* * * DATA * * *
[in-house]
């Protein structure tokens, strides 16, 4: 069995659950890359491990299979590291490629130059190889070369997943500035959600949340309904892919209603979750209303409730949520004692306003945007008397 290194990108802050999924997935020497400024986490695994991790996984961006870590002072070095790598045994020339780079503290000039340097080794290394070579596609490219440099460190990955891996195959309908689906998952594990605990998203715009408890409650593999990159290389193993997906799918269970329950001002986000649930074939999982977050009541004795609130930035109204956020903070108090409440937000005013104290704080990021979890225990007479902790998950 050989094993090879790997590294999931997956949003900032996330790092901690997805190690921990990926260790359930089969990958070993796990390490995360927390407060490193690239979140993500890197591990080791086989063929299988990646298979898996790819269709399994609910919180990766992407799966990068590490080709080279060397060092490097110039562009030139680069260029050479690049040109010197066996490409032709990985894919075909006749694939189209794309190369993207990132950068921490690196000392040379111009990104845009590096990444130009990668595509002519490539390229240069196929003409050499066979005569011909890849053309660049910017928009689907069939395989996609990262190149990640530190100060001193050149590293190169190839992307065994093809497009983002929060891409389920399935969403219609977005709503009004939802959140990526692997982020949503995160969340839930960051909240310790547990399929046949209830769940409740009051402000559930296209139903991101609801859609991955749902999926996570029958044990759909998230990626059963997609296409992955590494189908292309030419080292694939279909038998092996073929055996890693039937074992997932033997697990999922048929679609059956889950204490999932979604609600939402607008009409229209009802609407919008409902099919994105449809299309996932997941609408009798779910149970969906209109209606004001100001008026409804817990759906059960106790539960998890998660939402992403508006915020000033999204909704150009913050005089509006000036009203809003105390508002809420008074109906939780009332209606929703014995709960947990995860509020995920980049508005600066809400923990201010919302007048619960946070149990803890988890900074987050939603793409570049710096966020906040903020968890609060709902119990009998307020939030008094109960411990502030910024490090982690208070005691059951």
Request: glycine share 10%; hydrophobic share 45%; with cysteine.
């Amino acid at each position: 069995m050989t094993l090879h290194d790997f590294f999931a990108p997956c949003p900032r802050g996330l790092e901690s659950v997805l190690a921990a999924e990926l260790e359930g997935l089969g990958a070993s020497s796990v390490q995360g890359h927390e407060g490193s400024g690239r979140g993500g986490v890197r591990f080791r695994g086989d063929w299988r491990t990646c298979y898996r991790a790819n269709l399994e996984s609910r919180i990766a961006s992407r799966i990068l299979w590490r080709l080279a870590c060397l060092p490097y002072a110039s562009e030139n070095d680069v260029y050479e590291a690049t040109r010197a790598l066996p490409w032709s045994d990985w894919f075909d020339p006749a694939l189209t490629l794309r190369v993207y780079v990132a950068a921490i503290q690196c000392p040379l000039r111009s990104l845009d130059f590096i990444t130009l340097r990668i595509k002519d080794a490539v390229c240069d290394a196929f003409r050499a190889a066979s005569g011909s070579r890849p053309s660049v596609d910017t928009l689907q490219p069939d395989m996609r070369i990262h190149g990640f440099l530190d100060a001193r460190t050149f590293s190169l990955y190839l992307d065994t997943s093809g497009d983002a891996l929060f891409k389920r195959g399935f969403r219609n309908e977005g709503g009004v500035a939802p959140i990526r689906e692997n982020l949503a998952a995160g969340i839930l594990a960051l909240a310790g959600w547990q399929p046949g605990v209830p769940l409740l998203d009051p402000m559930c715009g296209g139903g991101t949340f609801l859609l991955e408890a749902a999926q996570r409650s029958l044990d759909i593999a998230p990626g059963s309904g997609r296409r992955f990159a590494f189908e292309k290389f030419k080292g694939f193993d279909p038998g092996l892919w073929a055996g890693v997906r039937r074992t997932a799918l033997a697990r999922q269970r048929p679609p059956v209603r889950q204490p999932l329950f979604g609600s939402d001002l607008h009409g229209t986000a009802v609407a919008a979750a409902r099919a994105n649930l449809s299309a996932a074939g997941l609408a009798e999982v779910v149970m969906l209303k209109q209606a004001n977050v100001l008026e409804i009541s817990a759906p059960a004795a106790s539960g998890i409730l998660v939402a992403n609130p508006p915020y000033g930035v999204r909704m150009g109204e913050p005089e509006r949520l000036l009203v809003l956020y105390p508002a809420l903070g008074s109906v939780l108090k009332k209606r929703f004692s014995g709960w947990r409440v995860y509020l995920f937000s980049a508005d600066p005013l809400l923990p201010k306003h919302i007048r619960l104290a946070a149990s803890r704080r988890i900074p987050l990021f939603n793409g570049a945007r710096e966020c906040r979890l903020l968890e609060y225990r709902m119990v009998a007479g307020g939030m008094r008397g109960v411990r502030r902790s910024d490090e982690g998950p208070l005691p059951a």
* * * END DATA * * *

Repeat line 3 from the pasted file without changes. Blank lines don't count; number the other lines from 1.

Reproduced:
Request: glycine share 10%; hydrophobic share 45%; with cysteine.